From these experiences, I learned a valuable lesson – a lesson that’s backed up by research and the experiences of other people: The most effective way to improve our leadership effectiveness is to focus on our personal development. Efforts that lead to personal development enhance our capacity in every area of our lives. We simply have greater capacity to handle anything life throws at us.

What is personal development?

Here’s what I consider to be the main areas of personal growth and why each is so important:

1. Identifying and developing innate talents to maximize productivity and effectiveness. It’s common not to realize your true innate talents due to distorted messages from yourself and others and the lack of use of your gifts (often we don’t know they exist). When your work aligns with your innate talents, you’re set up to succeed. Does it make sense to grind away at work that provides little enjoyment or satisfaction? It’s never too late to switch – your current age doesn’t need to be a deterrent to shifting careers. Many well-known successes occurred when people moved to new work in their 50s, 60s and 70s. The same principles apply to all of us!

2. Increasing awareness and acceptance of ourselves and others. This is often referred to as “emotional intelligence.” Everything starts with our self-awareness and acceptance. If we’re highly critical about ourselves, we’ll tend to remain unaware. This is because the human psychological system wants to protect us from the discomfort of self-criticism.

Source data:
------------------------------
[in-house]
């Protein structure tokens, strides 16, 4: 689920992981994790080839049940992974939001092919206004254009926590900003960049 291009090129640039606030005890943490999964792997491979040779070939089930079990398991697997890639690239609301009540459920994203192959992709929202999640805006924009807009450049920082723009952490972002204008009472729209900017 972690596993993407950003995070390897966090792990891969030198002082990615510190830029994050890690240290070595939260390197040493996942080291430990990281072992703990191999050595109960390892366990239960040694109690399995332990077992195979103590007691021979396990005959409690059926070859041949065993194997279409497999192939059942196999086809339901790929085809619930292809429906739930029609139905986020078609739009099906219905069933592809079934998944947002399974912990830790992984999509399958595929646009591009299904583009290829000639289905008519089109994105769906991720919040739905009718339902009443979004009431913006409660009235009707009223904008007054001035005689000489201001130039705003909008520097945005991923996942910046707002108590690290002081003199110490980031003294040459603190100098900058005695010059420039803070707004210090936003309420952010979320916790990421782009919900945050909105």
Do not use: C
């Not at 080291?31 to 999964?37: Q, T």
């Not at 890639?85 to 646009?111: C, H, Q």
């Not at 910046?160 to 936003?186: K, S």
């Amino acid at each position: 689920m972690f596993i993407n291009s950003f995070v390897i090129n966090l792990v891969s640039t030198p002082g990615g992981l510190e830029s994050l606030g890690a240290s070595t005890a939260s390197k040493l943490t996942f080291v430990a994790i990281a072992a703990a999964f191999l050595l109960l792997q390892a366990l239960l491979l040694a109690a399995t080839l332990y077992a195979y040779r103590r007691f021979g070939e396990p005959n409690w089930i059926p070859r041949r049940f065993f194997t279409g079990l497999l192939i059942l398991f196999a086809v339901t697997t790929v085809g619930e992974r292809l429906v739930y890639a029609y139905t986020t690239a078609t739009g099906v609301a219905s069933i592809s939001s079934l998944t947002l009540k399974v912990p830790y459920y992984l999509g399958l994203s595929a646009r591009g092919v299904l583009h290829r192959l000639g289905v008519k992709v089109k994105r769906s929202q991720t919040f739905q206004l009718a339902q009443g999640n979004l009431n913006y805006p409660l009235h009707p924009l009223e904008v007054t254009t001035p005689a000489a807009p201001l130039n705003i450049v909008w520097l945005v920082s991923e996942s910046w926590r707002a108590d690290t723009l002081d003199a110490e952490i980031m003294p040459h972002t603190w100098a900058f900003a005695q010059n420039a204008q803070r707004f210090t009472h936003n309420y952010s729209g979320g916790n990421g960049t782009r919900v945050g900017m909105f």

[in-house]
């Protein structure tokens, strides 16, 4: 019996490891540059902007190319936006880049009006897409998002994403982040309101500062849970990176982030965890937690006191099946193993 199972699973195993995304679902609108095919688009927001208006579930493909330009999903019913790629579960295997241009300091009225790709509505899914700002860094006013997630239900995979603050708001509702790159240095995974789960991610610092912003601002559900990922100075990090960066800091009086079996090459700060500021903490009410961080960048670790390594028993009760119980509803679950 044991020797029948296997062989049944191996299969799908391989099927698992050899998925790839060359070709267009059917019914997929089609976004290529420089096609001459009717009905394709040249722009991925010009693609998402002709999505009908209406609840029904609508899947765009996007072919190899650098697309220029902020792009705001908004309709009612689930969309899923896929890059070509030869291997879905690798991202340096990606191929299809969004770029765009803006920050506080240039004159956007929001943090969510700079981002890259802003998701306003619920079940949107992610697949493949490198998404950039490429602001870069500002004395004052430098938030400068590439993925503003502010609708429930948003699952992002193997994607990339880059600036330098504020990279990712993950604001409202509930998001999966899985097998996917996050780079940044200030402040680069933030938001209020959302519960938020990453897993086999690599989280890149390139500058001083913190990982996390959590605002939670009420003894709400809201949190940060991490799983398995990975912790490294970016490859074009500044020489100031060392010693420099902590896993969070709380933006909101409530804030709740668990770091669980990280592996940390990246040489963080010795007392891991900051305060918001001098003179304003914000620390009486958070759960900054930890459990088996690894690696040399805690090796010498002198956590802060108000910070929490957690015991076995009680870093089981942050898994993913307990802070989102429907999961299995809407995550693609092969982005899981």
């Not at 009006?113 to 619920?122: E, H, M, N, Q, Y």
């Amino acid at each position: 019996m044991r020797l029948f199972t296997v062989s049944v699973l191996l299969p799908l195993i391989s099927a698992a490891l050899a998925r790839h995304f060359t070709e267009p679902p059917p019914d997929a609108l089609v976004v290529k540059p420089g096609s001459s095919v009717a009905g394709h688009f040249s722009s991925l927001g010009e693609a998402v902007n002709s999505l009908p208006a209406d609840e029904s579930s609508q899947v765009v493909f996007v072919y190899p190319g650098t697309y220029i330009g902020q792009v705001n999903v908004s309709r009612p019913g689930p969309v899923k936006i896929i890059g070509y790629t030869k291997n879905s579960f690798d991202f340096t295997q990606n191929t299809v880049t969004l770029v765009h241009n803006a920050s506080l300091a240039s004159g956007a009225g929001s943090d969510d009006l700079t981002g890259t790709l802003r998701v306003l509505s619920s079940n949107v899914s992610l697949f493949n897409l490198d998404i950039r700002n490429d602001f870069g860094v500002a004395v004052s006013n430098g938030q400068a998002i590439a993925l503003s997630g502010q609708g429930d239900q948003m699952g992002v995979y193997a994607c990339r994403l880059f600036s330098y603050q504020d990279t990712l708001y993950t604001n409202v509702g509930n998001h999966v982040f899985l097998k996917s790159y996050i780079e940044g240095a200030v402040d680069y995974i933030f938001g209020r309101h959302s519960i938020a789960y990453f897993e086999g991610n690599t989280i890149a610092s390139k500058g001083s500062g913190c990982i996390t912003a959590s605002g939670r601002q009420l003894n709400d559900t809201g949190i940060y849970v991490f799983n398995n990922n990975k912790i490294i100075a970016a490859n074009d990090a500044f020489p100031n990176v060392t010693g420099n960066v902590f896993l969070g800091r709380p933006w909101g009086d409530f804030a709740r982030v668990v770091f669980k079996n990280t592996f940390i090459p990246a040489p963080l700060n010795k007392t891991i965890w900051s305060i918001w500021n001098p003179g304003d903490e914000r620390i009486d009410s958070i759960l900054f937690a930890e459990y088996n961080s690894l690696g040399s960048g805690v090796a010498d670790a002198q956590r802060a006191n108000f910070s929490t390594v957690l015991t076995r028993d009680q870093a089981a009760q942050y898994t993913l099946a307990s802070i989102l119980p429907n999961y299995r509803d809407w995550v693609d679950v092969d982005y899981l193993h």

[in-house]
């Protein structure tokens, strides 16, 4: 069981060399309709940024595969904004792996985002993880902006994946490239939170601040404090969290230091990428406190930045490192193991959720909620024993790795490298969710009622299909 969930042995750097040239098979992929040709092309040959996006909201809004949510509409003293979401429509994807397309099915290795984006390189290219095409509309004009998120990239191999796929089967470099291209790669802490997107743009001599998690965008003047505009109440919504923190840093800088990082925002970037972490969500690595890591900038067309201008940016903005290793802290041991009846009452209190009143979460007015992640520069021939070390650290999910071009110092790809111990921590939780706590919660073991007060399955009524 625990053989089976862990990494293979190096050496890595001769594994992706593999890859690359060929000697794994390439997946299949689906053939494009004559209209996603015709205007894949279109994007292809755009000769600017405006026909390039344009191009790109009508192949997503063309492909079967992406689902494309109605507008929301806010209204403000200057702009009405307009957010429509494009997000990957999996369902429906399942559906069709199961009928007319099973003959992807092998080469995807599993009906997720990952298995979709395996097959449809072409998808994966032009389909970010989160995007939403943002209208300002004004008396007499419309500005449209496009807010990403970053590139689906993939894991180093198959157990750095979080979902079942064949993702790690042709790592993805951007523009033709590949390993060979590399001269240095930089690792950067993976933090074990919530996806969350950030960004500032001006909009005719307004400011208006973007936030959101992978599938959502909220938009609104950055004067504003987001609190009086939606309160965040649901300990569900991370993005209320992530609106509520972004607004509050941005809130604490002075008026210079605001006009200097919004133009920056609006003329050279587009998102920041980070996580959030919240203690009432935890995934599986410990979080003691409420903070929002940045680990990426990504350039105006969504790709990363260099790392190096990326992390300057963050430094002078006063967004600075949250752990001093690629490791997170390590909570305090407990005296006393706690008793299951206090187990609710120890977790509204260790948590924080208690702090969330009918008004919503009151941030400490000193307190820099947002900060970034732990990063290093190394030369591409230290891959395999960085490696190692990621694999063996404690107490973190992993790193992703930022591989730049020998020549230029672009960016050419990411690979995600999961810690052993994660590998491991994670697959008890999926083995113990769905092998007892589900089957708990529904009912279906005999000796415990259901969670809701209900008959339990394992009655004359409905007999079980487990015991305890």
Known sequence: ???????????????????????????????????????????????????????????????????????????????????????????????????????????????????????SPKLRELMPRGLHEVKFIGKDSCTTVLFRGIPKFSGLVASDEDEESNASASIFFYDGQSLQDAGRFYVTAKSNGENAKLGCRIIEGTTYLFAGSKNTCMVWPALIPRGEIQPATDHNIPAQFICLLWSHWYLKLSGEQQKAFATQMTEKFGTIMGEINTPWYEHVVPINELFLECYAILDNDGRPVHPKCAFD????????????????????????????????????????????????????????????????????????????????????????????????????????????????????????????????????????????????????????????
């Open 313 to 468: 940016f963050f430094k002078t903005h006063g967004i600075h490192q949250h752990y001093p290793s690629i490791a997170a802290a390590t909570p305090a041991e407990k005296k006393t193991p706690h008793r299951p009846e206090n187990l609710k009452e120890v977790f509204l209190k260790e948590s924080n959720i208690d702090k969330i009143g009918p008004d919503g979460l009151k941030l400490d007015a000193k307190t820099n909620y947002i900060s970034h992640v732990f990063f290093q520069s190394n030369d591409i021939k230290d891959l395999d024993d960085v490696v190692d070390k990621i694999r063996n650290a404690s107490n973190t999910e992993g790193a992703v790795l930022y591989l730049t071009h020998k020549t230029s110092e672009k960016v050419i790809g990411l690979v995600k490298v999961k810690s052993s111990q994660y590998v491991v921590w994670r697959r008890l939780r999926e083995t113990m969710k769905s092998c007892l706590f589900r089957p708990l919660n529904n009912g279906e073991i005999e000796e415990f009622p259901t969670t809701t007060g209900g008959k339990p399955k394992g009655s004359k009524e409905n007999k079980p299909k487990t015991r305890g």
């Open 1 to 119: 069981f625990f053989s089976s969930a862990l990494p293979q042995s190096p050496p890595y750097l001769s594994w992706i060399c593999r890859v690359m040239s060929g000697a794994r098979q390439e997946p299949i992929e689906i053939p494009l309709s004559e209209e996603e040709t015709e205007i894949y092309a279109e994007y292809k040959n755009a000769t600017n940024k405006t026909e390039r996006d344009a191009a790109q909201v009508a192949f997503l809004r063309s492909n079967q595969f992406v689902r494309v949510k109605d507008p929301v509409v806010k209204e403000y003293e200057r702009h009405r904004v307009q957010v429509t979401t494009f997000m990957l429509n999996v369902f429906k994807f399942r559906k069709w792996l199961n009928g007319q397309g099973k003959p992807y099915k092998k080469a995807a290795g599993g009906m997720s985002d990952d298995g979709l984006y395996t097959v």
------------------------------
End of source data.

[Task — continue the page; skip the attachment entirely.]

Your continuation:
We cannot intentionally change something unless we’re aware of it. For example, if I have a habit of bingeing on junk food, it’s likely to continue until I become aware of what’s causing me to do it. When I become aware that I use this habit as a distraction when I’m “feeling down,” I can choose to consider options other than binge eating.

3. Having the ability to manage our egos. This means the ability to put desired outcomes ahead of emotional responses and impulses. This has been a real struggle for me. Due to my childhood history, I grew up obsessed with how others viewed me. I was overly sensitive to any negative feedback, regardless of the intent to help me. This led to my being hypersensitive to constructive criticism. As I’ve worked through this challenge, countless doors have opened for me.